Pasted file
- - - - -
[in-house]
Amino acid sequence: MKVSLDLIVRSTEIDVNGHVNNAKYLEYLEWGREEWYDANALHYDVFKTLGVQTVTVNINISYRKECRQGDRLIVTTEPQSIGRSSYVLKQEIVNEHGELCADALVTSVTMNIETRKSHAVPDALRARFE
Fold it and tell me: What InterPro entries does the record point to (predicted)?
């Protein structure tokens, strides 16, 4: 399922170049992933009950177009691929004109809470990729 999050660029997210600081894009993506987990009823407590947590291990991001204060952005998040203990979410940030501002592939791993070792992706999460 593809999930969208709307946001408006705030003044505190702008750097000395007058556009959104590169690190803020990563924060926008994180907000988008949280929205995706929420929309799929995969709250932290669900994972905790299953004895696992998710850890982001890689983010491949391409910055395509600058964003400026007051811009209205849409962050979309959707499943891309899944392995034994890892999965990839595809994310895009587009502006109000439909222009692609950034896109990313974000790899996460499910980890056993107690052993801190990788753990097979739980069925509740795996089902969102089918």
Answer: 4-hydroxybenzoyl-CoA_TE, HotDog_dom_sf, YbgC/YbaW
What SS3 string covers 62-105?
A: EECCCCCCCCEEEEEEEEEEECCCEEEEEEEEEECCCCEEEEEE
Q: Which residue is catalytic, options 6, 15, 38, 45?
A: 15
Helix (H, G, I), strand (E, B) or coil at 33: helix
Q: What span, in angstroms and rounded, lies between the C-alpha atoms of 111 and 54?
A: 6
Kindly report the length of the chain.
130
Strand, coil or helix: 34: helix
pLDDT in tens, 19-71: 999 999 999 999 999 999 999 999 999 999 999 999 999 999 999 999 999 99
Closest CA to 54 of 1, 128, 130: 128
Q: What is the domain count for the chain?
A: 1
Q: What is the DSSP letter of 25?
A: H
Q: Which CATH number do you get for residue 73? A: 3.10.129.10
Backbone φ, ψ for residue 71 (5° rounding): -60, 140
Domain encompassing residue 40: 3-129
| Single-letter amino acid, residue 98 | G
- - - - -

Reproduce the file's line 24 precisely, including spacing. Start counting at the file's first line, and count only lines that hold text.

Domain encompassing residue 40: 3-129